When repositioning brands makes sense
There are many reasons brand directors and marketing executives consider repositioning brands. Certainly, acquiring additional brands, merging or responding to something like COVID-19 can certainly spark brand changes.
But as we know, the market scape changes so rapidly that it is prudent to consider repositioning.
When repositioning brands— look to brand permissions
It’s true, every brand has a litany of permissions. And brand permissions are invitations for the target audience to consider owning your brand.
They are important. Ideally, a permission feels exclusive. It acts as a valuable passport. Giving permission for the target audience to enter the brand’s universe.
So, we use these terms purposefully. Because great, persuasive brands own valuable real estate. Think about it this way— every brand has a border wall. And that wall separates the brand from all competitors. (Read about rebranding dos and don’ts here.)
This wall allows the brand to be distinct. It demands the prospect make an emotional choice. As a result, well-constructed brands are both different and better than competitive offerings.
Repositioning brands is a means to clarify that difference.
Brands become stale
This is a truth. So is contraction of the life expectancy of brand permissions. Complacency kills. Change is the new normal. As a result, time compresses, and markets erupt. And sea changes are as common as high tides. Brands that are afraid of repositioning die.
Marketers understand that competitive success is opportunity.
As a result, success breeds defensiveness. Holding onto present success exceeds willingness to reevaluate. As a result, brands are afraid to mess much with success.
We’ve made all our bread and butter over the years precisely for this reason. Human beings fear change. And especially when successful.
Repositioning brands the Stealing Share way
It is hard to view any market dispassionately. Especially your own. But repositioning brands demands it. Self-fulfilling assumptions ARE the enemy. As a result, truth and candor are dyed-in-the-wool allies in brand repositioning.
Evaluate the market dispassionately.
Don’t fear challenging assumptions. Markets change. Values shift. And truths morph. Stand in the shoes of the prospect and ask hard questions.
Questions like “Why should I care?” “Who am I trying to become?” “What emotional intensity moves me?” “What do I believe to be true?” “Who am I WHEN I use the brand?”
Do your research. Field projectable research with prospects. Double-blinded research with an acceptable margin of error.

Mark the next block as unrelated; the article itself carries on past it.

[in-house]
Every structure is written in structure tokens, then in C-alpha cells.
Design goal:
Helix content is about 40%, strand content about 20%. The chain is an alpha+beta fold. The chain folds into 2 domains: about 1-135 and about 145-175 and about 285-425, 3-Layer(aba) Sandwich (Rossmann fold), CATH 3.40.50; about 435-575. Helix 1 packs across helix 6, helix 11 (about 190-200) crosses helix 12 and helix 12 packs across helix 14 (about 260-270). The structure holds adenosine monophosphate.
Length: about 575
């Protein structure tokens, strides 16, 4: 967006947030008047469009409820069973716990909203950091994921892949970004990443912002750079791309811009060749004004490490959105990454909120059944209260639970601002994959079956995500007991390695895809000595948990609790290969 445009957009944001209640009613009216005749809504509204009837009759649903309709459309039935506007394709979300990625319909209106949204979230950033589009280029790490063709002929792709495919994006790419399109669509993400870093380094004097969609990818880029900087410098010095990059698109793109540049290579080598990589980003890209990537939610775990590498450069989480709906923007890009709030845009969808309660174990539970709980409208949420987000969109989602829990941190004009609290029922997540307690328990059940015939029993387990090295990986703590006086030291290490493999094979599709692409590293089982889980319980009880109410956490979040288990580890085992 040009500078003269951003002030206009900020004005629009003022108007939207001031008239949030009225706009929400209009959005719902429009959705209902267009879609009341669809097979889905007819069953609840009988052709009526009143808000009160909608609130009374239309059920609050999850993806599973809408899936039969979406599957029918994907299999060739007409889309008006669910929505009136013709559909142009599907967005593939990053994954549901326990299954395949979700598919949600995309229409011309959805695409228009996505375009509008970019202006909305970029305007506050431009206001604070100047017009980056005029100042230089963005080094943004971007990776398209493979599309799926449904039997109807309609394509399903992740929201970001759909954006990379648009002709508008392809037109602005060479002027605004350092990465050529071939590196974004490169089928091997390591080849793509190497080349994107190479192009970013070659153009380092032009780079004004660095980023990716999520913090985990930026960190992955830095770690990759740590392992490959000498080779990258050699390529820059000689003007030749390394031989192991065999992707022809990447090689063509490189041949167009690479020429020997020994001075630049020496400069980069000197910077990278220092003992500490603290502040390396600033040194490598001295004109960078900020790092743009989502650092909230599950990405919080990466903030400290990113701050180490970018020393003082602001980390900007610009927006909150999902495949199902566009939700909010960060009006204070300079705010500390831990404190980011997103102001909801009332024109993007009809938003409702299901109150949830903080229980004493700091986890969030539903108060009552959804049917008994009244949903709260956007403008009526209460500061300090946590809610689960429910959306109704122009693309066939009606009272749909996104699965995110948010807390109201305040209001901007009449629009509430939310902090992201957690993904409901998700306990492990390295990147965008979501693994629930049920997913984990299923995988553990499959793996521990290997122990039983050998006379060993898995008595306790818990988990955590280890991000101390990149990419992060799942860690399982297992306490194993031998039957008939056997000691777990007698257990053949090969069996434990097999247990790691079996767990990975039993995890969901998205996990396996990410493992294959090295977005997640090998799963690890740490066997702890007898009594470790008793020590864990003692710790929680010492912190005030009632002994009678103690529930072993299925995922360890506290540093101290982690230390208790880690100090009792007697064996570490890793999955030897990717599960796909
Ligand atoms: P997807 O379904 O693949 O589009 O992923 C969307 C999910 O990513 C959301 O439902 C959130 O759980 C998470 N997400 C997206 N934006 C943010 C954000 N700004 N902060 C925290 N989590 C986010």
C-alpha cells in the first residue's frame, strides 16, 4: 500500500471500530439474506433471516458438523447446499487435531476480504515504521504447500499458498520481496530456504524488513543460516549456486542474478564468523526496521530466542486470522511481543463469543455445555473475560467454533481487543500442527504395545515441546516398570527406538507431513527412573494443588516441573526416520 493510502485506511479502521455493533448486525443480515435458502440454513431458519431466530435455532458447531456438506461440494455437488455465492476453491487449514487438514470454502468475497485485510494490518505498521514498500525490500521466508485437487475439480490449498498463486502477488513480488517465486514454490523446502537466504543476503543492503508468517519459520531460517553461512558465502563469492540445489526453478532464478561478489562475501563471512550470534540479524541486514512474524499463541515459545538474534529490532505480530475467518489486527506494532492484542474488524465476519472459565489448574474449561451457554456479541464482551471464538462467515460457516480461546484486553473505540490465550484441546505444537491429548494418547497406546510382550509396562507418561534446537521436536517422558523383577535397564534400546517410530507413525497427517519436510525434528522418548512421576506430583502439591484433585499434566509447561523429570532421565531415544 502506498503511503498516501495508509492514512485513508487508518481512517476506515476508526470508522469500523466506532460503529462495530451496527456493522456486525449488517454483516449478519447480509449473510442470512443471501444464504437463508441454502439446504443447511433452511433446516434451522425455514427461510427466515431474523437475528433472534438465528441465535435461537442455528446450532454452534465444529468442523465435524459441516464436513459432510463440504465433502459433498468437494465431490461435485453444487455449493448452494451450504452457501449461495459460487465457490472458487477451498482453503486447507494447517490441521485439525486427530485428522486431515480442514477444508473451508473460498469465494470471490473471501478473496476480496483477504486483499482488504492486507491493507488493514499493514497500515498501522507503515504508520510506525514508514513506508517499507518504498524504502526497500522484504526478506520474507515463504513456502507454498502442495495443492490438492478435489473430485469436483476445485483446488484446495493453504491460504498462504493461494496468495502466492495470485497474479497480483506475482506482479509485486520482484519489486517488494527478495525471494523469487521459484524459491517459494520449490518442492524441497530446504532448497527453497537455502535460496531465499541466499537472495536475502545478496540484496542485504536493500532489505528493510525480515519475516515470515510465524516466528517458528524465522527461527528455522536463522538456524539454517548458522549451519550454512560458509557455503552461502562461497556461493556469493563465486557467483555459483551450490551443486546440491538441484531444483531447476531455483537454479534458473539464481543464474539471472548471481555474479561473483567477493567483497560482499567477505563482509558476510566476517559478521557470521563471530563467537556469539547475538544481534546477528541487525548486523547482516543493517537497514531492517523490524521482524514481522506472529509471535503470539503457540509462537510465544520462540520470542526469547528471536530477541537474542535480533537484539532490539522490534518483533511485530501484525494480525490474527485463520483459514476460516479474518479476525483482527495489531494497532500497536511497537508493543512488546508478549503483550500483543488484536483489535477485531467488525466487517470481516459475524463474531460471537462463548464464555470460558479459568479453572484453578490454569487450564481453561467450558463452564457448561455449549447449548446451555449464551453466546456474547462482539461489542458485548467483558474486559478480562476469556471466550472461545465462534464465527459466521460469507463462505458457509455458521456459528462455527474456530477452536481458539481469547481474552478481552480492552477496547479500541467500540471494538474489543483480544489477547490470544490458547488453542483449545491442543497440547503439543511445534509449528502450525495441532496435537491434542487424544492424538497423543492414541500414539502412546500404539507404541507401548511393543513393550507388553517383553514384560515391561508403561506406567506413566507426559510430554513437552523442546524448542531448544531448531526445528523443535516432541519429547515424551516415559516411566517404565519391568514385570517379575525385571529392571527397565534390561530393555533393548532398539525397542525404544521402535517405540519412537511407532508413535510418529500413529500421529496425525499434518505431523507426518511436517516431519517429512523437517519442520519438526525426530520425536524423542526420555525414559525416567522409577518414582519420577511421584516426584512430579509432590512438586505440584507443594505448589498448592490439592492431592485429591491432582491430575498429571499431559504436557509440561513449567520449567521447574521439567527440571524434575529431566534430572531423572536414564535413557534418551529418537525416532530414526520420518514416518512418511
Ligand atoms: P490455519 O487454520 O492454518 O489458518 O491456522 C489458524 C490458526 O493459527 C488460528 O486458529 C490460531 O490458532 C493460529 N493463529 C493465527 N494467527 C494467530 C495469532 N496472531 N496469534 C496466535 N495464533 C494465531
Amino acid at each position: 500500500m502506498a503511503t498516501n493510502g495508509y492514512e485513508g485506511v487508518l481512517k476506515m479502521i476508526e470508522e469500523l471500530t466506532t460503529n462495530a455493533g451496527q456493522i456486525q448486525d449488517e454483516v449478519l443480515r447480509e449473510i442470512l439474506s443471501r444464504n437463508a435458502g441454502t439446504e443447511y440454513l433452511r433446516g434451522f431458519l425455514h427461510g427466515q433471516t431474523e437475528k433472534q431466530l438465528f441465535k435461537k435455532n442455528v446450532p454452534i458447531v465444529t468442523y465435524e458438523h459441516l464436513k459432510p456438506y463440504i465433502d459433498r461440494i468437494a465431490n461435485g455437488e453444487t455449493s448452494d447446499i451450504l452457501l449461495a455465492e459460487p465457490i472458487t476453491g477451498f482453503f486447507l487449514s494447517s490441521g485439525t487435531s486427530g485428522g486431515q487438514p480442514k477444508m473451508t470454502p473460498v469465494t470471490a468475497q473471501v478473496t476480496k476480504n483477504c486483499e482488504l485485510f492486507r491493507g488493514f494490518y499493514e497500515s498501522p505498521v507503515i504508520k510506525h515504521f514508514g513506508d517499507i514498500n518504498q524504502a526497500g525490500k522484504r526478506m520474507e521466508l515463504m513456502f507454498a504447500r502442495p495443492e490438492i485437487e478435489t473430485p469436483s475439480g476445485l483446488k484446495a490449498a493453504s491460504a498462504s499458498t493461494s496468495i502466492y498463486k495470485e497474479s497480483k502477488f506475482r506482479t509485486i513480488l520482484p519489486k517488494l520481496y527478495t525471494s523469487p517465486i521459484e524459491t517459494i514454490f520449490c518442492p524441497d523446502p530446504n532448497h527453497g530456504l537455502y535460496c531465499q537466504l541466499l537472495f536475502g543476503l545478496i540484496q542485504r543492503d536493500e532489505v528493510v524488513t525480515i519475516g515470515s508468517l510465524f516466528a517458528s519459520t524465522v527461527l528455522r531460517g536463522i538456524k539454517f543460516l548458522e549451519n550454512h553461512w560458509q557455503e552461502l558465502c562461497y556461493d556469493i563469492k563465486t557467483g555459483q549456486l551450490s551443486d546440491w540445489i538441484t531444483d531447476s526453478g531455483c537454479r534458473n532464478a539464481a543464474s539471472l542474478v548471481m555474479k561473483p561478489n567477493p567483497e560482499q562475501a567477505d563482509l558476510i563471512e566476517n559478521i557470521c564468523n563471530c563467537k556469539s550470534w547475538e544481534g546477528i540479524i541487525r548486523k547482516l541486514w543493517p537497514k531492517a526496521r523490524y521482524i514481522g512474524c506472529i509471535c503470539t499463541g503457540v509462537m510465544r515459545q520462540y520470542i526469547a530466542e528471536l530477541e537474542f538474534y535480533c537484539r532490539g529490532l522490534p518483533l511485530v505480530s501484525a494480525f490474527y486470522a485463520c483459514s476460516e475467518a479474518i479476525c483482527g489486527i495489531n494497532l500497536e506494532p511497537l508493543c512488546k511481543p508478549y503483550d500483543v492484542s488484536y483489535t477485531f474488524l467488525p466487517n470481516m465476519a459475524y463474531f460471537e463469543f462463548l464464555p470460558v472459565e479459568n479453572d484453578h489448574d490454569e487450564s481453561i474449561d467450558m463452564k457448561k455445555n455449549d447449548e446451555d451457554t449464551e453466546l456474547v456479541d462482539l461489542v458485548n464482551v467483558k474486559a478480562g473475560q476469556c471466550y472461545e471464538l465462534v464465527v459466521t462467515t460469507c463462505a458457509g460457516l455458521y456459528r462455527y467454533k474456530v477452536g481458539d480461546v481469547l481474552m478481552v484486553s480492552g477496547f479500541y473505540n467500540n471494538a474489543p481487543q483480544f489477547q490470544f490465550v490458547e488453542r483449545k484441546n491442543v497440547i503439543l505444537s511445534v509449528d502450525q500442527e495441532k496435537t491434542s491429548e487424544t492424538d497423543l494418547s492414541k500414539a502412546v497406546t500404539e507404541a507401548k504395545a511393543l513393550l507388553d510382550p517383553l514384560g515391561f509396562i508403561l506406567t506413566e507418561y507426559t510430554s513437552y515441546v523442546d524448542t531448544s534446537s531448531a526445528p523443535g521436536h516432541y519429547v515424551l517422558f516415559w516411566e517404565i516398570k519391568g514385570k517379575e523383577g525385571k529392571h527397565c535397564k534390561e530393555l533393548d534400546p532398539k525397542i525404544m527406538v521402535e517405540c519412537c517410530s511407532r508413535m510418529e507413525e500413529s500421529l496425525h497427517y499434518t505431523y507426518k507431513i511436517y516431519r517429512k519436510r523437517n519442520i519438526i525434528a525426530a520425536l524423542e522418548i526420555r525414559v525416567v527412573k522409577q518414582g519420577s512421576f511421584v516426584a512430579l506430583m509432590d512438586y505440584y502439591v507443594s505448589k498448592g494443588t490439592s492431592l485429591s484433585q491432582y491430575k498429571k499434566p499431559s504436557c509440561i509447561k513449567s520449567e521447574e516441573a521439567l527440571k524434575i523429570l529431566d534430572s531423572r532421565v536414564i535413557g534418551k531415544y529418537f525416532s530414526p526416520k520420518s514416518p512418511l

Repositioning brands requires understanding behavior that goes well beyond a standard Usage and Attitudinal study.
Competitors rely on category data, self-selecting studies (like email or online research— or worse… focus groups). We demand research with 95% confidence, randomized and double-blinded.
Avoid open-ended questions. Recognize hidden motivations control purchase decisions. Open-ended questions encourage trite answers and clichés. We spend months creating the questionnaire, and for good reason. We need to test ideas and feelings in Likert scales.
Successful brand repositioning has a foundation of emotional intensities. Brands that steal market share own the highest emotional intensity.
Kill sacred cows. Everything is on the table. Anything held as sacred transgresses Step 1.
Most brand repositioning keeps the original brand name. But not always. Sometimes the brand name itself is a barrier to change. Be prepared to modify or change ANYTHING that retards behavior changes.
What are you willing to do to win? Brands that are not growing are dying. They have reached maximum penetration. When winning is important, challenge EVERYTHING.
Modify brand identity. Try not to throw the baby out with the bathwater. But sometimes the bathwater is so soiled that the baby needs to go.
Repositioning brands is different from brand repair. Brand repositioning means creating greater relevance and importance.
Brand repair means the brand is a failure. Or the values associated with the brand are too out of date to update.
It is important that the brand demonstrate that something important has changed. Updating brand identity clearly declares that.
Without changes to identity, brands must rely on massive marketing and advertising spends. Changes to identity (identity markers) give prospects permission to reevaluate the brand’s relevance.
Lock the logo with a brand theme. It is such simplicity in messaging that I am amazed at how rarely this happens. Create a brand theme representing the highest emotional intensity and graphically lock that message with the logo.
Why ask the prospect to remember the brand’s theme? Say it up front. Front and center. Never present the logo or mark without the theme.
Make the promise and permission true. Brand repositioning is your chance to rethink fundamentals.
Create product or service values that are important. Highlight differences. Change internal culture to reflect the brand’s promise.
If you find that you have repositioned the brand without culture changes, you have fallen victim to self-fulfilling marketing. Real change starts internally, and the culture must accept the repositioning as real.
Culture changes supporting the repositioned brand demonstrate that fact.
Repositioning brands is constant progress
It does not end. Success only makes the task harder. However, the market scape changes so rapidly that it is prudent to consider repositioning.
Think about it this way. Markets change quickly and often without warning. And competition is fierce. Because brands are living organisms, they require care and occasional pruning.
Brand repositioning is the fertilizer of success. But do it right. Especially in these tough times.
Keep any verified equities and keep the brand relevant. Be fearless and let no politics hold you back.